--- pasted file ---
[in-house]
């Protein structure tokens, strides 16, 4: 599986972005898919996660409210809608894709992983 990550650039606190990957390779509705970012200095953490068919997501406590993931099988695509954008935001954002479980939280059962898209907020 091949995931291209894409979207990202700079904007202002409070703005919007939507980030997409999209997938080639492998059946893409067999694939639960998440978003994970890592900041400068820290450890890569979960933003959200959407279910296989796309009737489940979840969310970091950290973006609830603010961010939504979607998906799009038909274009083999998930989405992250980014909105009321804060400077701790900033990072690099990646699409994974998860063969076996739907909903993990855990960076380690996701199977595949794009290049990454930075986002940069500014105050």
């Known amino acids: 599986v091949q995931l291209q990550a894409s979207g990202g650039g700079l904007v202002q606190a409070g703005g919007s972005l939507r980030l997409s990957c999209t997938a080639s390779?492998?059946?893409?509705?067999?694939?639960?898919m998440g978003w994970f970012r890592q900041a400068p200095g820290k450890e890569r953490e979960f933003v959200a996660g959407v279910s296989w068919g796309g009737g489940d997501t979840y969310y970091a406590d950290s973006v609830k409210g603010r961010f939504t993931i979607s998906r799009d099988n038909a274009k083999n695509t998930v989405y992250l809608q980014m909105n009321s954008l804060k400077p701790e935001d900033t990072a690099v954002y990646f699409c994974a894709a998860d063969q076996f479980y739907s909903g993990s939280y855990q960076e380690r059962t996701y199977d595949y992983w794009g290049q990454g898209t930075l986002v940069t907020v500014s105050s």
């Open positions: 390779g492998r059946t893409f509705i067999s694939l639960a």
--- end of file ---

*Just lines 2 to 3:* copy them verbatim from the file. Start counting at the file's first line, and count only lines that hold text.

């Protein structure tokens, strides 16, 4: 599986972005898919996660409210809608894709992983 990550650039606190990957390779509705970012200095953490068919997501406590993931099988695509954008935001954002479980939280059962898209907020 091949995931291209894409979207990202700079904007202002409070703005919007939507980030997409999209997938080639492998059946893409067999694939639960998440978003994970890592900041400068820290450890890569979960933003959200959407279910296989796309009737489940979840969310970091950290973006609830603010961010939504979607998906799009038909274009083999998930989405992250980014909105009321804060400077701790900033990072690099990646699409994974998860063969076996739907909903993990855990960076380690996701199977595949794009290049990454930075986002940069500014105050």
């Known amino acids: 599986v091949q995931l291209q990550a894409s979207g990202g650039g700079l904007v202002q606190a409070g703005g919007s972005l939507r980030l997409s990957c999209t997938a080639s390779?492998?059946?893409?509705?067999?694939?639960?898919m998440g978003w994970f970012r890592q900041a400068p200095g820290k450890e890569r953490e979960f933003v959200a996660g959407v279910s296989w068919g796309g009737g489940d997501t979840y969310y970091a406590d950290s973006v609830k409210g603010r961010f939504t993931i979607s998906r799009d099988n038909a274009k083999n695509t998930v989405y992250l809608q980014m909105n009321s954008l804060k400077p701790e935001d900033t990072a690099v954002y990646f699409c994974a894709a998860d063969q076996f479980y739907s909903g993990s939280y855990q960076e380690r059962t996701y199977d595949y992983w794009g290049q990454g898209t930075l986002v940069t907020v500014s105050s």